No one living overseas could conceive what an insult this is to people living here where a referendum on cannabis was voted down and you can still be arrested for possession.
In the meantime our butcher shops are full of low-grade, reject pork from China whose population is on the brink of going hungry and our traditional lamb for which this country is so well-known is hard to come by and is very expensive.
New Zealand farmers prepare to export ‘best cannabis in the world’
Sun, sea and soil: these are the key ingredients for growing New Zealand’s largest-ever medical cannabis crop
7 December, 2020
The first seedlings are now in the ground along the salt-laden and sunny slopes of Kēkerengū – just north of Kaikōura.
The ocean-side plantation run by research and development and cultivation company Puro will eventually cover the equivalent of 10 rugby fields.
Fresh out of quarantine, US-based cultivation technician Max Jablonski was last Friday focused on planting the prized seedlings into freshly furrowed, chocolate coloured soil.
The seedlings were sprouted in a Blenheim nursery, from 140,000 specially selected seeds from around the world. And costing between $1 and $5 each, they were carefully and individually embedded by hand.
Puro managing director Tim Aldridge said it was an important day seeing them transplanted into their new oceanside home.
“It’s an exciting day. We’ve been [through] two-and-a-half years of very hard work to get to this point and it’s so exciting to have our crop now underway at the outdoor facility on the Kaikōura coast.”
Puro was set up in 2018 to guide the development of the plantation on the Macfarlane family farm in Kēkerengū. The site and the seeds were chosen by Puro’s Melbourne based cultivation director Tom Forrest.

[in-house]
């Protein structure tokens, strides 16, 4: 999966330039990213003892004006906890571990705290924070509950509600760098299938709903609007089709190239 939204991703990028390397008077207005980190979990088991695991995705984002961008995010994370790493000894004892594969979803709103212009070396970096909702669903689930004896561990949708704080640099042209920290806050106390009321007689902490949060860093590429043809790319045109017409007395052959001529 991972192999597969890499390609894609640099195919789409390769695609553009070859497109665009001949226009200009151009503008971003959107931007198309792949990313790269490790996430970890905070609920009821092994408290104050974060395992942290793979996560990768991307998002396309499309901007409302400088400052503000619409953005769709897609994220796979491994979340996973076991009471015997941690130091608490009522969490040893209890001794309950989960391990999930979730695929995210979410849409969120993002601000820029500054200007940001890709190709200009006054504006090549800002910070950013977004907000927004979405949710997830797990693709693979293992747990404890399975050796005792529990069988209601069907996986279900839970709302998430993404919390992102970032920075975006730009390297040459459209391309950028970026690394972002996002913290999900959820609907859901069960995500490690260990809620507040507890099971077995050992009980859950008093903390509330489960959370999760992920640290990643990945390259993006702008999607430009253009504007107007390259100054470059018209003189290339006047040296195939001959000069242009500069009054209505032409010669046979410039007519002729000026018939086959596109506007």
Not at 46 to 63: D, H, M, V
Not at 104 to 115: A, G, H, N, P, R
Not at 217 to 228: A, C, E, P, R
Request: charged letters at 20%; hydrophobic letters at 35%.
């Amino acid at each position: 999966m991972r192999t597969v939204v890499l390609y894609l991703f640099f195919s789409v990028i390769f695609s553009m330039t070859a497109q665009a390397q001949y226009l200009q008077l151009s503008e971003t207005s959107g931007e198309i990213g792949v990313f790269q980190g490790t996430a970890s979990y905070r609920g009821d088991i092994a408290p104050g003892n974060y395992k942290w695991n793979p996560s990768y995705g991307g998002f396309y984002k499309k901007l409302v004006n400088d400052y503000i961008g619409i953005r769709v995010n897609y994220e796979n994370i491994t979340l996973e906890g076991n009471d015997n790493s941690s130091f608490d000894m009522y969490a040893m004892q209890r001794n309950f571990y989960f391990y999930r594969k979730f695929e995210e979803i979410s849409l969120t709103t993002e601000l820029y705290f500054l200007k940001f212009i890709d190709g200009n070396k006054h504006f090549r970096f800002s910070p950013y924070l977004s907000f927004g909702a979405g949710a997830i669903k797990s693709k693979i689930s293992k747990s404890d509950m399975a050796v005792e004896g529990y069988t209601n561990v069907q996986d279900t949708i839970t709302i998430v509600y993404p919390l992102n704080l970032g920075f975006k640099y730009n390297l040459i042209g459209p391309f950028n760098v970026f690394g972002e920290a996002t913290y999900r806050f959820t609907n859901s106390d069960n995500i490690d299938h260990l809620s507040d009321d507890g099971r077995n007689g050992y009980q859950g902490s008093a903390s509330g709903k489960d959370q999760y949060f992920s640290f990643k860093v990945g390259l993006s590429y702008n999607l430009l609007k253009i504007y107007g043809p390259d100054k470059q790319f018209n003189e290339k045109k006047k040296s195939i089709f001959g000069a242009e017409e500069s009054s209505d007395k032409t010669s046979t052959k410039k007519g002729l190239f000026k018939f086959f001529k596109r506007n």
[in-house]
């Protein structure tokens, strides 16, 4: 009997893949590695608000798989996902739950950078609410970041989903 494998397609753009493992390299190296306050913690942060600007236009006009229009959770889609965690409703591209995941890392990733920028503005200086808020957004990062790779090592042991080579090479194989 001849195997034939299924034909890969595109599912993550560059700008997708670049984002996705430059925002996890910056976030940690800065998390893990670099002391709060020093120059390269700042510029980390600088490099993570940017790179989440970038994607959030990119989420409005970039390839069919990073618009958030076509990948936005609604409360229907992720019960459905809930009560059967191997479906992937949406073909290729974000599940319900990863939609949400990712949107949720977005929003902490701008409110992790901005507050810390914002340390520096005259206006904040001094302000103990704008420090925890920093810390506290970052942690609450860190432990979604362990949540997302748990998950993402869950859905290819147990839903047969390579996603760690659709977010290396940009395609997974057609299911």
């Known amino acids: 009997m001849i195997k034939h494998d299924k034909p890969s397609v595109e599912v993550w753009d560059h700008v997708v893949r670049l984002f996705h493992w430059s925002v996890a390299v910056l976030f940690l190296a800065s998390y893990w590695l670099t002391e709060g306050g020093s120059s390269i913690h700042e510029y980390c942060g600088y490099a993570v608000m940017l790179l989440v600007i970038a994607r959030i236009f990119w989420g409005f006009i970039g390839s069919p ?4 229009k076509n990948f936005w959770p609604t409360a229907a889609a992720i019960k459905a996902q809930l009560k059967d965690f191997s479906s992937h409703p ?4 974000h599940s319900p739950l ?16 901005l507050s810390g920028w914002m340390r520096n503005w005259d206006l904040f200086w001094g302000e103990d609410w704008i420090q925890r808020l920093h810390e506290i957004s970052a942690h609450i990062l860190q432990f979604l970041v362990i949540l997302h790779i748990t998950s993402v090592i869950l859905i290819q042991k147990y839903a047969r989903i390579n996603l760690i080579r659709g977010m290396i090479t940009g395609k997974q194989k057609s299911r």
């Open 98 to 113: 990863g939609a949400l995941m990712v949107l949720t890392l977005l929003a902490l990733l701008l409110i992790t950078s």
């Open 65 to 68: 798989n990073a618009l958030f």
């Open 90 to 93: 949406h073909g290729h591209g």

He said Kēkerengū was on the exact latitude south to its northern counterpart in California’s green triangle.
“It’s almost exactly opposite to Humboldt County in terms of latitude and distance from the equator. That’s something I find quite fascinating.”
Forrest said it was a “sweet spot” for reasons similar to why Marlborough produced world-class sauvignon blanc, and why hops flourished in Nelson – it’s all in the latitude.
“It’s said that cannabis split from the hops plant possibly tens of millions of years ago.
“People will say anywhere in the world cannabis can grow like a weed, but it’s that sweet spot where we’ll be able to grow without needing major changes to our environment.
“It’s a nice middle ground – the day length, the sunlight intensity – all of these factors combine to make that 42 degrees [south] what seems to be the perfect latitude for healthy, vigorous cannabis cultivation.”
It was also a beautiful part of the country, Forrest said.
“Looking at the location: the rising point above the sea level, the ocean breezes and the micro-climate, coupled with the UV and the air quality makes it a really perfect melting pot for high potency, high quality, incredibly unique medical cannabis cultivation.”
The site’s proximity to salt spray drifting up off Kaikōura’s thumping surf was also a factor in the company’s aim to become a certified organic producer.